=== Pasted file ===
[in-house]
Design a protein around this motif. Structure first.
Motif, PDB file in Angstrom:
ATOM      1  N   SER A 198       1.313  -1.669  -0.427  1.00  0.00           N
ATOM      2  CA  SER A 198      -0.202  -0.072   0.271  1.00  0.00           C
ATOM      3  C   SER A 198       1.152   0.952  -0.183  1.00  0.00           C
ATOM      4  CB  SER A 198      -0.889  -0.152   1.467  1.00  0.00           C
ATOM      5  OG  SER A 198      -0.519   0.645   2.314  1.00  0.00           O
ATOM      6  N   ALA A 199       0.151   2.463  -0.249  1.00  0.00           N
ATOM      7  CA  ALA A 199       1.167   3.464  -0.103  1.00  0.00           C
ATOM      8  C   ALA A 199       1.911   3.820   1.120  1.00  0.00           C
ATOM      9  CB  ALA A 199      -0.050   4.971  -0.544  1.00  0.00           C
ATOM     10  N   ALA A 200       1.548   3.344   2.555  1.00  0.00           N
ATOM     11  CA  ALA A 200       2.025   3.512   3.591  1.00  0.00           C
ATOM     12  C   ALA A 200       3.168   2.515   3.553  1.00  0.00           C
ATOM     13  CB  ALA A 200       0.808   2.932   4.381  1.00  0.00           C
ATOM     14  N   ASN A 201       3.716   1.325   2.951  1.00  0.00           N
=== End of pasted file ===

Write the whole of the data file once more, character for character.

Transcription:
[in-house]
Design a protein around this motif. Structure first.
Motif, PDB file in Angstrom:
ATOM      1  N   SER A 198       1.313  -1.669  -0.427  1.00  0.00           N
ATOM      2  CA  SER A 198      -0.202  -0.072   0.271  1.00  0.00           C
ATOM      3  C   SER A 198       1.152   0.952  -0.183  1.00  0.00           C
ATOM      4  CB  SER A 198      -0.889  -0.152   1.467  1.00  0.00           C
ATOM      5  OG  SER A 198      -0.519   0.645   2.314  1.00  0.00           O
ATOM      6  N   ALA A 199       0.151   2.463  -0.249  1.00  0.00           N
ATOM      7  CA  ALA A 199       1.167   3.464  -0.103  1.00  0.00           C
ATOM      8  C   ALA A 199       1.911   3.820   1.120  1.00  0.00           C
ATOM      9  CB  ALA A 199      -0.050   4.971  -0.544  1.00  0.00           C
ATOM     10  N   ALA A 200       1.548   3.344   2.555  1.00  0.00           N
ATOM     11  CA  ALA A 200       2.025   3.512   3.591  1.00  0.00           C
ATOM     12  C   ALA A 200       3.168   2.515   3.553  1.00  0.00           C
ATOM     13  CB  ALA A 200       0.808   2.932   4.381  1.00  0.00           C
ATOM     14  N   ASN A 201       3.716   1.325   2.951  1.00  0.00           N